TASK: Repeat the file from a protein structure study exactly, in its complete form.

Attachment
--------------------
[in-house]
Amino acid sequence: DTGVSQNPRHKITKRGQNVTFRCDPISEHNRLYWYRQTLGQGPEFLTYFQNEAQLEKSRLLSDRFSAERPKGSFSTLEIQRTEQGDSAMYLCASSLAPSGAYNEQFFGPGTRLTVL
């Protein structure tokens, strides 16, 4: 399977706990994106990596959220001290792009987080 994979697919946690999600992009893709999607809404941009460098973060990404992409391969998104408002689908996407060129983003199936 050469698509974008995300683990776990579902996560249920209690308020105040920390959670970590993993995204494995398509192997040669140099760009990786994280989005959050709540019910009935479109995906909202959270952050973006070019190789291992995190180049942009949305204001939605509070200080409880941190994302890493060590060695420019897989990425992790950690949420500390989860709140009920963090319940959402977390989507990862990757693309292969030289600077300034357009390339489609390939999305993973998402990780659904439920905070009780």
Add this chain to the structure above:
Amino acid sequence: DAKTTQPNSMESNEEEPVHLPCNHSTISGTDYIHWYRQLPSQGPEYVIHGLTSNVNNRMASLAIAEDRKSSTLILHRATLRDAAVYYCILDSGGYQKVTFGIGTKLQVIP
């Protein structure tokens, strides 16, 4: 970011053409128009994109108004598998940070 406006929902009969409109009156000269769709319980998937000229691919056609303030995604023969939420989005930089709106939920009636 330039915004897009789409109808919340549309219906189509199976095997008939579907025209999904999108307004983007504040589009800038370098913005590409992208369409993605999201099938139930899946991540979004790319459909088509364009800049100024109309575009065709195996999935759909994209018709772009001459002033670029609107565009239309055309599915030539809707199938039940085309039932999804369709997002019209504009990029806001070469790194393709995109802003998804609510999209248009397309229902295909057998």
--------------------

[in-house]
Amino acid sequence: DTGVSQNPRHKITKRGQNVTFRCDPISEHNRLYWYRQTLGQGPEFLTYFQNEAQLEKSRLLSDRFSAERPKGSFSTLEIQRTEQGDSAMYLCASSLAPSGAYNEQFFGPGTRLTVL
């Protein structure tokens, strides 16, 4: 399977706990994106990596959220001290792009987080 994979697919946690999600992009893709999607809404941009460098973060990404992409391969998104408002689908996407060129983003199936 050469698509974008995300683990776990579902996560249920209690308020105040920390959670970590993993995204494995398509192997040669140099760009990786994280989005959050709540019910009935479109995906909202959270952050973006070019190789291992995190180049942009949305204001939605509070200080409880941190994302890493060590060695420019897989990425992790950690949420500390989860709140009920963090319940959402977390989507990862990757693309292969030289600077300034357009390339489609390939999305993973998402990780659904439920905070009780």
Add this chain to the structure above:
Amino acid sequence: DAKTTQPNSMESNEEEPVHLPCNHSTISGTDYIHWYRQLPSQGPEYVIHGLTSNVNNRMASLAIAEDRKSSTLILHRATLRDAAVYYCILDSGGYQKVTFGIGTKLQVIP
């Protein structure tokens, strides 16, 4: 970011053409128009994109108004598998940070 406006929902009969409109009156000269769709319980998937000229691919056609303030995604023969939420989005930089709106939920009636 330039915004897009789409109808919340549309219906189509199976095997008939579907025209999904999108307004983007504040589009800038370098913005590409992208369409993605999201099938139930899946991540979004790319459909088509364009800049100024109309575009065709195996999935759909994209018709772009001459002033670029609107565009239309055309599915030539809707199938039940085309039932999804369709997002019209504009990029806001070469790194393709995109802003998804609510999209248009397309229902295909057998």